Human nature and the desire to travel

8 Dec

There’s a thought that’s been on my mind for a long time.

In today’s world, we can open up google chrome, firefox, or internet explorer, and bam! We are connected not only to the rest of the world, but to its historic treasures. We can look at famous works of art up close on google without being in a museum. We can look at other cities on google street view. We can read all about the history of Spain on wikipedia. We do not have to go to Spain to learn about it. Though it won’t compare with Spanish food in Spain, we can cook it at home or find it in a restaurant. To be immersed in Spain, we must go there, but to simply learn about some statue or Moorish palace, we can learn about it on wikipedia. There are even projects to develop avatar robots that can be controlled from many miles away with the brain alone.

And yet those of us who love to travel and truly care about the places they visit know that we still feel the desire to get on a plane and go there. And then, another thought occurred to me.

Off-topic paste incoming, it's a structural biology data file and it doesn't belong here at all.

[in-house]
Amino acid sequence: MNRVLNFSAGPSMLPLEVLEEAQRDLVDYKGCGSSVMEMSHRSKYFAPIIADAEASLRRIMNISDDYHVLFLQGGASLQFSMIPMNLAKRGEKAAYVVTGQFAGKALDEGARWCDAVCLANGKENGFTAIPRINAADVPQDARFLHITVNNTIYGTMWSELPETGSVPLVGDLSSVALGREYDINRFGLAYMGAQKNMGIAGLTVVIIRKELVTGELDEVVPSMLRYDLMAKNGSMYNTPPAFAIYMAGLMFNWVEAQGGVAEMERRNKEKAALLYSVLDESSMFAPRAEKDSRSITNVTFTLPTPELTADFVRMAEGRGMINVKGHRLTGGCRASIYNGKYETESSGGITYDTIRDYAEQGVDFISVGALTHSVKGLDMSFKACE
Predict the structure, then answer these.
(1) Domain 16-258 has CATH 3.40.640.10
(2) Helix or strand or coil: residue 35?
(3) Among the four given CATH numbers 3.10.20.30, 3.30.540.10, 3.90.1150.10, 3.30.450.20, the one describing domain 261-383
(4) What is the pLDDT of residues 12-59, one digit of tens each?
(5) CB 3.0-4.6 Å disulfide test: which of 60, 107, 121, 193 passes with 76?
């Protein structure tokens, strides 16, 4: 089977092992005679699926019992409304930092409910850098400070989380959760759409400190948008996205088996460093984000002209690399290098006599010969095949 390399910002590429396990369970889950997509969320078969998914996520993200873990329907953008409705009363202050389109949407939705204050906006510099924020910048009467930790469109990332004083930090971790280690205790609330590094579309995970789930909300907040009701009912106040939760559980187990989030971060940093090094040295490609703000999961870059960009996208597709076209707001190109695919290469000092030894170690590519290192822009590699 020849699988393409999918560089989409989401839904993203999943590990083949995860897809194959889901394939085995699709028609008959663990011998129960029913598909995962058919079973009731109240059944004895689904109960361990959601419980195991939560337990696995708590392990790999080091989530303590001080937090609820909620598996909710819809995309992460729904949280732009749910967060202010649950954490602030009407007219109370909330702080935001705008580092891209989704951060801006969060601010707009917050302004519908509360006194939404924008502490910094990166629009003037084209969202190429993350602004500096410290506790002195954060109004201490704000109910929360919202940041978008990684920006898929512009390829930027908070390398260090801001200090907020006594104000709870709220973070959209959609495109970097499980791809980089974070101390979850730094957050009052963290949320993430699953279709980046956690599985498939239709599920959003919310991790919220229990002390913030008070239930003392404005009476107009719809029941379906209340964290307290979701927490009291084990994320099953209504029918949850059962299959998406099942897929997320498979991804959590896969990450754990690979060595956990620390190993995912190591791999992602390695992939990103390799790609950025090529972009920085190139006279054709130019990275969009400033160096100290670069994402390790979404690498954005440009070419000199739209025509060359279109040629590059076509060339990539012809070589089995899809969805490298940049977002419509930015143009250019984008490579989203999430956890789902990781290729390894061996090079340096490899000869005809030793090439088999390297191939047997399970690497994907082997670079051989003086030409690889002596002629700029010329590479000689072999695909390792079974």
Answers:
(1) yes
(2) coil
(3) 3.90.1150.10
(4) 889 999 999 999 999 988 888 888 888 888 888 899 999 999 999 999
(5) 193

In today’s world, if someone wanted to, they could work as a freelance web designer or affiliate marketer from home, have food and appliances delivered to their home, spend their free time playing World of Warcraft, and never leave the house, and still be able to live a life.

However, it would be a pretty depressing lifestyle to most people.

So then I realized, we don’t travel because it’s our only method of learning in today’s world. We travel because we are humans who naturally want to take ourselves places. We like to go to art museums to see art that could be seen online for the same reason that people go to concerts with music they could listen to at home. People have an innate human desire to just get out there.

So really, travel is just a larger, more elaborate exploitation of that desire. We travel for the same reason we sometimes go on outings to museums when we could learn just as much from home. We enjoy the outing. It’s just that when we take ourselves overseas, we take ourselves further away from home.

The desire to travel is completely valid even in today’s digitally interconnected world. We are, deep down, a species of people who, for the most part, like to, at least for some time, explore.

 

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